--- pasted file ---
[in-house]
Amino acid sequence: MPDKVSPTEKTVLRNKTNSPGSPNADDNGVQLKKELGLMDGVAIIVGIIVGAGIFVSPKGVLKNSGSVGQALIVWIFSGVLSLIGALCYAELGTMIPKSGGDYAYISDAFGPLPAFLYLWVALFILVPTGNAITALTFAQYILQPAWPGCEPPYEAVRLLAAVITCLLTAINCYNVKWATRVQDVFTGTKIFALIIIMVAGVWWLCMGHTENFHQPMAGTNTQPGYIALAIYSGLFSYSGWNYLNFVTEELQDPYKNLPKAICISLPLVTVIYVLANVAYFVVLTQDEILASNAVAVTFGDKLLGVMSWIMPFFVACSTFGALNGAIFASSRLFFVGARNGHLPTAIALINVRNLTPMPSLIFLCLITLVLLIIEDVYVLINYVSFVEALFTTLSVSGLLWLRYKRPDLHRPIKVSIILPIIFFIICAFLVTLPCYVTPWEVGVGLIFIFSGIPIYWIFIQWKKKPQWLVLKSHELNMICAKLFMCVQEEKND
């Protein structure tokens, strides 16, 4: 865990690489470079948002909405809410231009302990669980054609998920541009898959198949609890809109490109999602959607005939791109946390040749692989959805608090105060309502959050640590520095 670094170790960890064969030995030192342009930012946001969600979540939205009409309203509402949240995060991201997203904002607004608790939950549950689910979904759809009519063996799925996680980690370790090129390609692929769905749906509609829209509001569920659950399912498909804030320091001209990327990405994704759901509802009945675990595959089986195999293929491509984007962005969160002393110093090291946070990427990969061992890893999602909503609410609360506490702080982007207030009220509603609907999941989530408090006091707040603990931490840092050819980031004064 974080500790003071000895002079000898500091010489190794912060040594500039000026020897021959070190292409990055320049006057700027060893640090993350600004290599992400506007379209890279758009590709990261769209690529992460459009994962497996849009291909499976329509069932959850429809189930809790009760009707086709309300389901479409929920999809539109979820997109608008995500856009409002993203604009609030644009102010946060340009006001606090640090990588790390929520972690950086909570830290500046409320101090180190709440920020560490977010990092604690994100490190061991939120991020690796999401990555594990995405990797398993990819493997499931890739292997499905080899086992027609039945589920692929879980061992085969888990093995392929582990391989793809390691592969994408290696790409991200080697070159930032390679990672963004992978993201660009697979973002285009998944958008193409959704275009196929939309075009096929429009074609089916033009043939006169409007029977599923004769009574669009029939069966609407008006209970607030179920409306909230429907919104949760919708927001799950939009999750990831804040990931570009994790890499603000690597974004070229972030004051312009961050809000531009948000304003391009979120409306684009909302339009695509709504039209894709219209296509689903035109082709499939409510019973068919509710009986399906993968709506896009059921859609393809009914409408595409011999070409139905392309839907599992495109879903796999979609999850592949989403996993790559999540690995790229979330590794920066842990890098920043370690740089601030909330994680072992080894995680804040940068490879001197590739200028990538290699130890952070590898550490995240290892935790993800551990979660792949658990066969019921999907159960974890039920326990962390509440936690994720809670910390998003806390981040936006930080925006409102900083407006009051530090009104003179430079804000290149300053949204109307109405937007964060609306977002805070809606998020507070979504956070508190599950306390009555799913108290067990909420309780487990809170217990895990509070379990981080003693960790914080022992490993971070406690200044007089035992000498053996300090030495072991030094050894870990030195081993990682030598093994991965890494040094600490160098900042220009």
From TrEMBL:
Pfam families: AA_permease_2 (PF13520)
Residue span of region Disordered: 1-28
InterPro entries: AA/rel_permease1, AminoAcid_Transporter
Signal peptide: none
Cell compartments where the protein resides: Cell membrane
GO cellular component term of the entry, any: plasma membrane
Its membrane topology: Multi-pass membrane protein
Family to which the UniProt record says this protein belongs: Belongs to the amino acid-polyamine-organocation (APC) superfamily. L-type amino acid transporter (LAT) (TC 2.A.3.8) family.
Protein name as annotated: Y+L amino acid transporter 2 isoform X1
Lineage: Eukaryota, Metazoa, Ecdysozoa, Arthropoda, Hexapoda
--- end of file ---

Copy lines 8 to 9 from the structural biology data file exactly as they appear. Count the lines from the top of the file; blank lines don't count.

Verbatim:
Signal peptide: none
Cell compartments where the protein resides: Cell membrane